18 NC counties are under alert, including Durham, Orange, Moore, and Person counties. Details
Published: 2011-06-08 13:32:00
Updated: 2011-06-08 18:09:44
Posted June 8, 2011
Raleigh, N.C. — Summer is still two weeks away, but much of the nation is sweating through near-record temperatures, with the deaths of four elderly people in Tennessee and Maryland attributed to the heat wave.
Thermometers will soar close to 100 degrees in parts of the East Coast and the South. Forecasters said it will feel even hotter with high humidity. A ridge of high pressure has brought the heat and will be parked over the area through Thursday. Temperature Tracker
The high hit 97 degrees in the Triangle on Wednesdayy, and a Code Orange air quality alert warns that sensitive groups, including children, the elderly and people with respiratory illnesses, should limit strenuous activities outdoors.
It's the twelfth day this year that temperatures have hit the 90-degree mark, nearing the record of 13 days by this time in 1953, said WRAL Chief Meteorologist Greg Fishel.
"We may be in for a very long, hot summer," Fishel said.
In the nation's capital, National Weather Service meteorologist Brandon Peloquin said Wednesday's high was predicted to be close to the record 98 degrees set in 1999. The normal high temperature this time of year is about 82.
At the National Zoo, visitors took breaks on benches in the shade and kids cooled off however they could.
"Water!" shouted 8-year-old Amanda Squires when she spotted a misting station as she walked with her school group from Beaverdam, Va.
Her dad, Allen Squires, told her not to get soaking wet. Squires said he and his daughter tried looking at the zoo's cheetah exhibit, but the animals appeared to be hiding from the heat.
Fort Bragg spokesman Ben Abel said one soldier remained hospitalized after suffering heat-related injuries during a 10-km run last week. Commanders in the 82nd Airborne Division were investigating the conditions surrounding the run, which was to have taken place at a pace of a mile every 8½ minutes.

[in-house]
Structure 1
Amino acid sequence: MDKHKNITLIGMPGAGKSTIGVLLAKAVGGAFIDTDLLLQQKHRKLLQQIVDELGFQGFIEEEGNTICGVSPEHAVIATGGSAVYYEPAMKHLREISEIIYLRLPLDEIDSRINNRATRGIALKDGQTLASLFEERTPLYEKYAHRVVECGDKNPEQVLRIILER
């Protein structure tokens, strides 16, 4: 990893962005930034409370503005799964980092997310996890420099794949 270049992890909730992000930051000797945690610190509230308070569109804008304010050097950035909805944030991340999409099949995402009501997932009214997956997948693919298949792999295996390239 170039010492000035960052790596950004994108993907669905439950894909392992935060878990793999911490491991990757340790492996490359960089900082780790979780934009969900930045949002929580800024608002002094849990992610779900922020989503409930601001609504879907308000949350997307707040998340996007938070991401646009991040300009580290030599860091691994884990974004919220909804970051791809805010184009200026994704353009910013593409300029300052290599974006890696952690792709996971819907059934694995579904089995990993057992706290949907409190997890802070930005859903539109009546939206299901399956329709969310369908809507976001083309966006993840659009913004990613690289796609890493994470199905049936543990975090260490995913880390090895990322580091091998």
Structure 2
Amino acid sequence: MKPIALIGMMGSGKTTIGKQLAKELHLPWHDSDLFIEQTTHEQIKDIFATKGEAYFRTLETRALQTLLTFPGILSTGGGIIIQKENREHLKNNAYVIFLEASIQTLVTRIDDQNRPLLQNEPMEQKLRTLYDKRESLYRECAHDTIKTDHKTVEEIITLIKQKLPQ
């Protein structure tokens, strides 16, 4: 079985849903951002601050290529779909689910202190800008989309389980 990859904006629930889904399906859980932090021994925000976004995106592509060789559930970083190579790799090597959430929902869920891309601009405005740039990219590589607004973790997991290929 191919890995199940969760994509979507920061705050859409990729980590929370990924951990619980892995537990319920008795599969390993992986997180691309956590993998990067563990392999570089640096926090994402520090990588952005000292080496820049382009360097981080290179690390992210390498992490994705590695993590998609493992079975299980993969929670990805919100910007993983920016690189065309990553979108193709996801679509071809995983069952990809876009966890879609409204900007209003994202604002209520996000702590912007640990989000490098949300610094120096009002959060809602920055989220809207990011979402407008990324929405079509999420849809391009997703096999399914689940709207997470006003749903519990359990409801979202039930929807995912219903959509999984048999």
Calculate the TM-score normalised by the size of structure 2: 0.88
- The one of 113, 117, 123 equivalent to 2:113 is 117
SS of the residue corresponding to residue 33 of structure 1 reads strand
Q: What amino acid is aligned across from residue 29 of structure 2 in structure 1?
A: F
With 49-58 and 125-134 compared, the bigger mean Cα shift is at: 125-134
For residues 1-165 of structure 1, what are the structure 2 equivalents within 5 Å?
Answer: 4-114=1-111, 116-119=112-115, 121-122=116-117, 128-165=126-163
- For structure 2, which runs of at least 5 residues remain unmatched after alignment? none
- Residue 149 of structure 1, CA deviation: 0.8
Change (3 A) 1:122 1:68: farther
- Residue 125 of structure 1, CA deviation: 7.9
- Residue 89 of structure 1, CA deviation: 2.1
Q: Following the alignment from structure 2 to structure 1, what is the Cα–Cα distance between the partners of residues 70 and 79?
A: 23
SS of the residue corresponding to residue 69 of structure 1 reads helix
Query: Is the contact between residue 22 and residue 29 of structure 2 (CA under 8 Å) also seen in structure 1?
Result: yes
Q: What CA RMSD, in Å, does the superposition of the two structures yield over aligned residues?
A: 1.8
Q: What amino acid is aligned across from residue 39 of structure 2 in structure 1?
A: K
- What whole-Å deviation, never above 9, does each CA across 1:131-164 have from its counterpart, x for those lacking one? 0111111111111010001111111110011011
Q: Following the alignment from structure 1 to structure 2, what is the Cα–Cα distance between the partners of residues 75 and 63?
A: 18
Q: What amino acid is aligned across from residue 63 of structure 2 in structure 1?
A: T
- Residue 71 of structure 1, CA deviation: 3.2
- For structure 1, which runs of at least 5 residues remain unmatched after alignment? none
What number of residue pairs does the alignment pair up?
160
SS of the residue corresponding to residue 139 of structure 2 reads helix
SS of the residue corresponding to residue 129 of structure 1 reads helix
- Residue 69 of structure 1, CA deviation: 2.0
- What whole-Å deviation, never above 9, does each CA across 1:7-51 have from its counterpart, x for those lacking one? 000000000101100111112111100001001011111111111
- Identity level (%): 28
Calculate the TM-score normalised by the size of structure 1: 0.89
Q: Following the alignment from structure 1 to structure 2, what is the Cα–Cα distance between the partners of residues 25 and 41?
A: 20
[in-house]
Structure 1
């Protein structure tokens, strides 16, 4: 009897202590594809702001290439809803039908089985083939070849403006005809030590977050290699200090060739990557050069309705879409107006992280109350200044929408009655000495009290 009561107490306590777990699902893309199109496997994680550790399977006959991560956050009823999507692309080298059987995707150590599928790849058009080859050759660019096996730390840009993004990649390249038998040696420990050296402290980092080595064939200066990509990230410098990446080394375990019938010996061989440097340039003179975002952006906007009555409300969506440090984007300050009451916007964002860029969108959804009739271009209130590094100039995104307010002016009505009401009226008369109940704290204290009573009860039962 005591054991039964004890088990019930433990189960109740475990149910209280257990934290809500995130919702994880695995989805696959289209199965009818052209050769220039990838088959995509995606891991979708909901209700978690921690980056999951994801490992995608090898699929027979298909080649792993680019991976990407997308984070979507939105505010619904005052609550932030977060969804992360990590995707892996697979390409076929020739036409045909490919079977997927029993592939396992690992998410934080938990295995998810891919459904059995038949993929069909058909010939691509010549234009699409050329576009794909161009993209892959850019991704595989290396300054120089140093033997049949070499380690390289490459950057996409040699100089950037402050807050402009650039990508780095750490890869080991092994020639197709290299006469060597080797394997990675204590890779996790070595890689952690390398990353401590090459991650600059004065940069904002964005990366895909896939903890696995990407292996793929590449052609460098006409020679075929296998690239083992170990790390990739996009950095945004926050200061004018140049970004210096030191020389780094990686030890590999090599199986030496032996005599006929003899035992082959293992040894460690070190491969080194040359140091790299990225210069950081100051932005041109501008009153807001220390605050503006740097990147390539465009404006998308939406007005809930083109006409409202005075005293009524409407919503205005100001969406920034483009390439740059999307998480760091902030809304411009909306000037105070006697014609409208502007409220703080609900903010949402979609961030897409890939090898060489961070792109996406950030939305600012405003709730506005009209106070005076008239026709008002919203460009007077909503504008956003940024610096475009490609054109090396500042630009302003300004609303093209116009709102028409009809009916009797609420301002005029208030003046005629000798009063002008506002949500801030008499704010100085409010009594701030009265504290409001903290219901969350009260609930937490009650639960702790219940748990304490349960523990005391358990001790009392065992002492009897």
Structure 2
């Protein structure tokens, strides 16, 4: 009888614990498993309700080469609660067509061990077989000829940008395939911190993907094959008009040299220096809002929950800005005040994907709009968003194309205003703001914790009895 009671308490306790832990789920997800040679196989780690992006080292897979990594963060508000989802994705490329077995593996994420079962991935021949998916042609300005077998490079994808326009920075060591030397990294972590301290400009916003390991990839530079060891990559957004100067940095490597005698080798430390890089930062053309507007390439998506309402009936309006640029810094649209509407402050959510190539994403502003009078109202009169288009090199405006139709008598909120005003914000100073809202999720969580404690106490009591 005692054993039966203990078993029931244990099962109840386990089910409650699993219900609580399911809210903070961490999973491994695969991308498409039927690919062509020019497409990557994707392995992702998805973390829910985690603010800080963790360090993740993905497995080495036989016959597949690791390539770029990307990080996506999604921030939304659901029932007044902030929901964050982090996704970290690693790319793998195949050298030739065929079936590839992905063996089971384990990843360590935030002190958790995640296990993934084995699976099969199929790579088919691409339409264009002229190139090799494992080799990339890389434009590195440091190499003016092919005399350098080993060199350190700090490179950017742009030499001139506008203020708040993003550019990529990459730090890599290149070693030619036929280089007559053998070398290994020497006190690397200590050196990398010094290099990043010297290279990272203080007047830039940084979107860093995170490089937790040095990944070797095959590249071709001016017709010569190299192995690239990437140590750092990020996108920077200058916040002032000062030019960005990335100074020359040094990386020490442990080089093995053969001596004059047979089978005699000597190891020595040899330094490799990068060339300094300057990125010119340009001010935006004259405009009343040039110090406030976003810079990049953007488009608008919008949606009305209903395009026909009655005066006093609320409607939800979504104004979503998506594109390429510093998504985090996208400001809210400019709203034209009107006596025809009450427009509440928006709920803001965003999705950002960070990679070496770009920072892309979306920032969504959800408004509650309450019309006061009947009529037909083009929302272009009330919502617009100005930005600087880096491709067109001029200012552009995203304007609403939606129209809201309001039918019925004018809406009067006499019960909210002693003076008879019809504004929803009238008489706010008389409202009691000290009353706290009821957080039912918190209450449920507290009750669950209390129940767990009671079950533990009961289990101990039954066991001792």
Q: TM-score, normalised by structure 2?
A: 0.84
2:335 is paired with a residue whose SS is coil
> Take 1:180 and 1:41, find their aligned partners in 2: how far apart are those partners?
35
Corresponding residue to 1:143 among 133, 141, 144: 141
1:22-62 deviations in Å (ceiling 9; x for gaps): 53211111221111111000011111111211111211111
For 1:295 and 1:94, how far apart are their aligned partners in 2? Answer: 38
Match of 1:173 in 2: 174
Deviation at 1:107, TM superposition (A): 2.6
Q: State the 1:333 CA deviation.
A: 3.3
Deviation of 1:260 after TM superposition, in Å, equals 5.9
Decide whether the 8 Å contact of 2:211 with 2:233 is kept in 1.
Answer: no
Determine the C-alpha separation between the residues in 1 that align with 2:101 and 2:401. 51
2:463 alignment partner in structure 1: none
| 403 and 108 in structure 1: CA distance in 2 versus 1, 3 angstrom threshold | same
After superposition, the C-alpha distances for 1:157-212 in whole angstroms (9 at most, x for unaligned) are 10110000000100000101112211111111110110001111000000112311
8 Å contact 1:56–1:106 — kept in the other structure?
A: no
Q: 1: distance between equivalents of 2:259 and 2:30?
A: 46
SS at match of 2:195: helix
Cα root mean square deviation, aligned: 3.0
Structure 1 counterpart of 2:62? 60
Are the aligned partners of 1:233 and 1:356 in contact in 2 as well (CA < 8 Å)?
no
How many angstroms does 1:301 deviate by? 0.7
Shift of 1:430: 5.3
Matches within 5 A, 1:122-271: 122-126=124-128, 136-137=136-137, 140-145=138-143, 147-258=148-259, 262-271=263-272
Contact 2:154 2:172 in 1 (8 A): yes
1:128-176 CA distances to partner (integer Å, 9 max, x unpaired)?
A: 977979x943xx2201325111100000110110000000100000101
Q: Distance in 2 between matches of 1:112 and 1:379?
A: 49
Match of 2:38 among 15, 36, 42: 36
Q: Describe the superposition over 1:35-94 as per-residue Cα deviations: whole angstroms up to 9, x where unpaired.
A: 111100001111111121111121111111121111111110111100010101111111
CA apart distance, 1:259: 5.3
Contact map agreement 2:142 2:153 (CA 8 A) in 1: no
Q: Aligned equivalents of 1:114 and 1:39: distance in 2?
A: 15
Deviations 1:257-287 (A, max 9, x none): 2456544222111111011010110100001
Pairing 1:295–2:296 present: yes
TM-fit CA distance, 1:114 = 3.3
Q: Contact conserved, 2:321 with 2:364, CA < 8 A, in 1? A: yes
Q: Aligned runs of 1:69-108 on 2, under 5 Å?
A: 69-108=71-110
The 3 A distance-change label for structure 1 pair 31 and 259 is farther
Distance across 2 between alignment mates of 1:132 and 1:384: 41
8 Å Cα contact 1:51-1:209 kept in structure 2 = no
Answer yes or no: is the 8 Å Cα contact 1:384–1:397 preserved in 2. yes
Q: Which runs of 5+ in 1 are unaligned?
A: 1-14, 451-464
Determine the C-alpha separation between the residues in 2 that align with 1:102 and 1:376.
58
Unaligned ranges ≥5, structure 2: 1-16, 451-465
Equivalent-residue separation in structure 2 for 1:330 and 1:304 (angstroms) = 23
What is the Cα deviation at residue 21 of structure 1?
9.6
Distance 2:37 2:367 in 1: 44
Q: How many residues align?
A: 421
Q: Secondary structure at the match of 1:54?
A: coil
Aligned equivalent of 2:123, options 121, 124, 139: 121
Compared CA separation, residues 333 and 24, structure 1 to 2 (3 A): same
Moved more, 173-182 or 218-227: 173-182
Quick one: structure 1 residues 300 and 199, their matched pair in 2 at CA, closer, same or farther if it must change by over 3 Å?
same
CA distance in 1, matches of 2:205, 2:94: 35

Officials at Fort Jackson in South Carolina, the Army's largest training installation, were taking precautions Wednesday, allowing recruits to adjust their uniforms to get cooler and spend time in the shade during the hottest part of the day.
"We're trying to stay out of the heat," said Christal Leung, 27, a drill sergeant from Beaufort, S.C. "The heat won't stop them from training. ... We're just making small adjustments."
The heat wave has crushed previous record highs in St. Louis and St. Paul, Minn., where the mercury reached 102 degrees on Tuesday and finally melted a giant snow pile in a Sears parking lot.
Public schools in Philadelphia and parts of New Jersey cut their school days short to limit the amount of time students spent in buildings with no air conditioning. Trash collection in D.C. started an hour earlier, and residents were asked not to open fire hydrants to cool off because it reduces water pressure and hampers firefighting.
Some relief appears to be on the horizon for the Triangle – by Saturday, the high will dip to 90 degrees, and there'll be a 50 percent chance of rain on Friday, Saturday and Sunday.
The mercury could even dip below the 90-degree mark at the start of the next work week.
"We're going to be flirting with the 90-degree mark a few days this weekend and into next week," Fishel said.
The normal highs in North Carolina this time of year are in the mid 80s.